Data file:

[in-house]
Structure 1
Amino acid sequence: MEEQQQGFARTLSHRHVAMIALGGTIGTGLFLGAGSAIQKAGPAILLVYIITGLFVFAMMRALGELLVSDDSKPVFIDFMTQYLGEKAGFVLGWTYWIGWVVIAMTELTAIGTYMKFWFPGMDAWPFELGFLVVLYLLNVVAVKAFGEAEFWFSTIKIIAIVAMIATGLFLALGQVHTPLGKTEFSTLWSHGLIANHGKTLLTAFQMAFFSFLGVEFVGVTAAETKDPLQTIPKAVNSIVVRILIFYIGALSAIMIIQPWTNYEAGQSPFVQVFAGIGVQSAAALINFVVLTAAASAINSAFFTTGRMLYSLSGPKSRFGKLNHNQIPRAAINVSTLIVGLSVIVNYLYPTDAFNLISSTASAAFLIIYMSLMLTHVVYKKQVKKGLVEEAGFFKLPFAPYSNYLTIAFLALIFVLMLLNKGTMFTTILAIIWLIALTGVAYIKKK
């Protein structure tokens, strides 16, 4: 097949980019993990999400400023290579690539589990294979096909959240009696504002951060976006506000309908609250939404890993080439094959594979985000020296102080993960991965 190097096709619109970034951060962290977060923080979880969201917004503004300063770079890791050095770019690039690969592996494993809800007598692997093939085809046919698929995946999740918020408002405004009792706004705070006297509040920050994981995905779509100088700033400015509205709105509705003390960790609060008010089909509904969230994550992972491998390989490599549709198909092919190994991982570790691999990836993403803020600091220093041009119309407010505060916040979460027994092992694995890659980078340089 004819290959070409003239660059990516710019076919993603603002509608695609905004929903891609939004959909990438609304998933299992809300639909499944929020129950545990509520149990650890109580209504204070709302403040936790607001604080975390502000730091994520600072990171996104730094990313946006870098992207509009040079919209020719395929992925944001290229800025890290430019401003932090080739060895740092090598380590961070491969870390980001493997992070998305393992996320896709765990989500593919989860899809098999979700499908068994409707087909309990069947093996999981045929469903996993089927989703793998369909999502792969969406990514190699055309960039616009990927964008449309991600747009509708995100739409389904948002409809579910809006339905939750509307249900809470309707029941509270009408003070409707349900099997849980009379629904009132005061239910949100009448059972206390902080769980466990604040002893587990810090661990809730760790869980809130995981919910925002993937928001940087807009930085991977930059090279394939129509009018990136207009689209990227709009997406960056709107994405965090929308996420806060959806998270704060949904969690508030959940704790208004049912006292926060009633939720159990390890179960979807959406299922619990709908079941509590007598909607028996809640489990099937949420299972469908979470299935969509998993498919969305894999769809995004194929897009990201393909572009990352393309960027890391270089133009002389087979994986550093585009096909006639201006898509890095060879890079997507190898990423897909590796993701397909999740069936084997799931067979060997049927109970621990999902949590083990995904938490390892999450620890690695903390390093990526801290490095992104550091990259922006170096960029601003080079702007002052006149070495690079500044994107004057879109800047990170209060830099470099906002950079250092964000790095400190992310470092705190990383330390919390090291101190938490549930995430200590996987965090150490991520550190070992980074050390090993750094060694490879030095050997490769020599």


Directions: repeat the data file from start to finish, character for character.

[in-house]
Structure 1
Amino acid sequence: MEEQQQGFARTLSHRHVAMIALGGTIGTGLFLGAGSAIQKAGPAILLVYIITGLFVFAMMRALGELLVSDDSKPVFIDFMTQYLGEKAGFVLGWTYWIGWVVIAMTELTAIGTYMKFWFPGMDAWPFELGFLVVLYLLNVVAVKAFGEAEFWFSTIKIIAIVAMIATGLFLALGQVHTPLGKTEFSTLWSHGLIANHGKTLLTAFQMAFFSFLGVEFVGVTAAETKDPLQTIPKAVNSIVVRILIFYIGALSAIMIIQPWTNYEAGQSPFVQVFAGIGVQSAAALINFVVLTAAASAINSAFFTTGRMLYSLSGPKSRFGKLNHNQIPRAAINVSTLIVGLSVIVNYLYPTDAFNLISSTASAAFLIIYMSLMLTHVVYKKQVKKGLVEEAGFFKLPFAPYSNYLTIAFLALIFVLMLLNKGTMFTTILAIIWLIALTGVAYIKKK
């Protein structure tokens, strides 16, 4: 097949980019993990999400400023290579690539589990294979096909959240009696504002951060976006506000309908609250939404890993080439094959594979985000020296102080993960991965 190097096709619109970034951060962290977060923080979880969201917004503004300063770079890791050095770019690039690969592996494993809800007598692997093939085809046919698929995946999740918020408002405004009792706004705070006297509040920050994981995905779509100088700033400015509205709105509705003390960790609060008010089909509904969230994550992972491998390989490599549709198909092919190994991982570790691999990836993403803020600091220093041009119309407010505060916040979460027994092992694995890659980078340089 004819290959070409003239660059990516710019076919993603603002509608695609905004929903891609939004959909990438609304998933299992809300639909499944929020129950545990509520149990650890109580209504204070709302403040936790607001604080975390502000730091994520600072990171996104730094990313946006870098992207509009040079919209020719395929992925944001290229800025890290430019401003932090080739060895740092090598380590961070491969870390980001493997992070998305393992996320896709765990989500593919989860899809098999979700499908068994409707087909309990069947093996999981045929469903996993089927989703793998369909999502792969969406990514190699055309960039616009990927964008449309991600747009509708995100739409389904948002409809579910809006339905939750509307249900809470309707029941509270009408003070409707349900099997849980009379629904009132005061239910949100009448059972206390902080769980466990604040002893587990810090661990809730760790869980809130995981919910925002993937928001940087807009930085991977930059090279394939129509009018990136207009689209990227709009997406960056709107994405965090929308996420806060959806998270704060949904969690508030959940704790208004049912006292926060009633939720159990390890179960979807959406299922619990709908079941509590007598909607028996809640489990099937949420299972469908979470299935969509998993498919969305894999769809995004194929897009990201393909572009990352393309960027890391270089133009002389087979994986550093585009096909006639201006898509890095060879890079997507190898990423897909590796993701397909999740069936084997799931067979060997049927109970621990999902949590083990995904938490390892999450620890690695903390390093990526801290490095992104550091990259922006170096960029601003080079702007002052006149070495690079500044994107004057879109800047990170209060830099470099906002950079250092964000790095400190992310470092705190990383330390919390090291101190938490549930995430200590996987965090150490991520550190070992980074050390090993750094060694490879030095050997490769020599």